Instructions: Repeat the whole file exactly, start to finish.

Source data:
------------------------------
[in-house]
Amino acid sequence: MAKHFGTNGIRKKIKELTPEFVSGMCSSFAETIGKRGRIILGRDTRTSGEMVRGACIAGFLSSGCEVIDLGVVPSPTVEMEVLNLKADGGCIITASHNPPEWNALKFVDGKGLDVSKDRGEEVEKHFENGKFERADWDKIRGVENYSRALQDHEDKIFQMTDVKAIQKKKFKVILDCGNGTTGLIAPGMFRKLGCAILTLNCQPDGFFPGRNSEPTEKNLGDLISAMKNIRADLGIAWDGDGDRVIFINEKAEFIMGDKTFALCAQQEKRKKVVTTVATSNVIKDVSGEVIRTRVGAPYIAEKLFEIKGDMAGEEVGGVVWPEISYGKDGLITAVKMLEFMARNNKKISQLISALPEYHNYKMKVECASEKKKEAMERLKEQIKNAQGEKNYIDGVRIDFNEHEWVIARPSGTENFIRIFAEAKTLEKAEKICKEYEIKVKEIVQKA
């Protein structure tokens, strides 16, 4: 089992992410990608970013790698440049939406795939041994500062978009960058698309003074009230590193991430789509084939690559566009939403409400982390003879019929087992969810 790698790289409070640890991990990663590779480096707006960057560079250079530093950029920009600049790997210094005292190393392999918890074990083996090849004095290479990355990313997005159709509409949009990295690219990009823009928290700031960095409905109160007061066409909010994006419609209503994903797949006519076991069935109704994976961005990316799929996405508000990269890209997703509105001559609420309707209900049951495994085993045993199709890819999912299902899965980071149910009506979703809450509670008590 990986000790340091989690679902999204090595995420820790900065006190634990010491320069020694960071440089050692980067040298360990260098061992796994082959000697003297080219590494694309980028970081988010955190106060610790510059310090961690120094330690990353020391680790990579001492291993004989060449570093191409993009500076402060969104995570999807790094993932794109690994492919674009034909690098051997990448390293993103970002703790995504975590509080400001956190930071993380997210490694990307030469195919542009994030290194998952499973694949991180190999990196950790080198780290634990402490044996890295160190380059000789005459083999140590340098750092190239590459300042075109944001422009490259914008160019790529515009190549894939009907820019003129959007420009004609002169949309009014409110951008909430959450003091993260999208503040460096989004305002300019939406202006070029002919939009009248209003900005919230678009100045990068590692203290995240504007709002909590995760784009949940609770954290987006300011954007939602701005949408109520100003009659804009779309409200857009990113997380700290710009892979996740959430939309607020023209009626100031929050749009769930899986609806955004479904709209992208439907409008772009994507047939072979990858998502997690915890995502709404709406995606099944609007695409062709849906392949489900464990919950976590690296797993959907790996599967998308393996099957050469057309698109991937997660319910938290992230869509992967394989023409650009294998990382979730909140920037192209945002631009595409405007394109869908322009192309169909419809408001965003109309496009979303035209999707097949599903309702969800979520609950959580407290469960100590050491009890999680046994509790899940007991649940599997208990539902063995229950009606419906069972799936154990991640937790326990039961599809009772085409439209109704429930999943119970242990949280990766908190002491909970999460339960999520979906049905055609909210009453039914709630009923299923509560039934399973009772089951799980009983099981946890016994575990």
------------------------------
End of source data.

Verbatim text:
[in-house]
Amino acid sequence: MAKHFGTNGIRKKIKELTPEFVSGMCSSFAETIGKRGRIILGRDTRTSGEMVRGACIAGFLSSGCEVIDLGVVPSPTVEMEVLNLKADGGCIITASHNPPEWNALKFVDGKGLDVSKDRGEEVEKHFENGKFERADWDKIRGVENYSRALQDHEDKIFQMTDVKAIQKKKFKVILDCGNGTTGLIAPGMFRKLGCAILTLNCQPDGFFPGRNSEPTEKNLGDLISAMKNIRADLGIAWDGDGDRVIFINEKAEFIMGDKTFALCAQQEKRKKVVTTVATSNVIKDVSGEVIRTRVGAPYIAEKLFEIKGDMAGEEVGGVVWPEISYGKDGLITAVKMLEFMARNNKKISQLISALPEYHNYKMKVECASEKKKEAMERLKEQIKNAQGEKNYIDGVRIDFNEHEWVIARPSGTENFIRIFAEAKTLEKAEKICKEYEIKVKEIVQKA
């Protein structure tokens, strides 16, 4: 089992992410990608970013790698440049939406795939041994500062978009960058698309003074009230590193991430789509084939690559566009939403409400982390003879019929087992969810 790698790289409070640890991990990663590779480096707006960057560079250079530093950029920009600049790997210094005292190393392999918890074990083996090849004095290479990355990313997005159709509409949009990295690219990009823009928290700031960095409905109160007061066409909010994006419609209503994903797949006519076991069935109704994976961005990316799929996405508000990269890209997703509105001559609420309707209900049951495994085993045993199709890819999912299902899965980071149910009506979703809450509670008590 990986000790340091989690679902999204090595995420820790900065006190634990010491320069020694960071440089050692980067040298360990260098061992796994082959000697003297080219590494694309980028970081988010955190106060610790510059310090961690120094330690990353020391680790990579001492291993004989060449570093191409993009500076402060969104995570999807790094993932794109690994492919674009034909690098051997990448390293993103970002703790995504975590509080400001956190930071993380997210490694990307030469195919542009994030290194998952499973694949991180190999990196950790080198780290634990402490044996890295160190380059000789005459083999140590340098750092190239590459300042075109944001422009490259914008160019790529515009190549894939009907820019003129959007420009004609002169949309009014409110951008909430959450003091993260999208503040460096989004305002300019939406202006070029002919939009009248209003900005919230678009100045990068590692203290995240504007709002909590995760784009949940609770954290987006300011954007939602701005949408109520100003009659804009779309409200857009990113997380700290710009892979996740959430939309607020023209009626100031929050749009769930899986609806955004479904709209992208439907409008772009994507047939072979990858998502997690915890995502709404709406995606099944609007695409062709849906392949489900464990919950976590690296797993959907790996599967998308393996099957050469057309698109991937997660319910938290992230869509992967394989023409650009294998990382979730909140920037192209945002631009595409405007394109869908322009192309169909419809408001965003109309496009979303035209999707097949599903309702969800979520609950959580407290469960100590050491009890999680046994509790899940007991649940599997208990539902063995229950009606419906069972799936154990991640937790326990039961599809009772085409439209109704429930999943119970242990949280990766908190002491909970999460339960999520979906049905055609909210009453039914709630009923299923509560039934399973009772089951799980009983099981946890016994575990």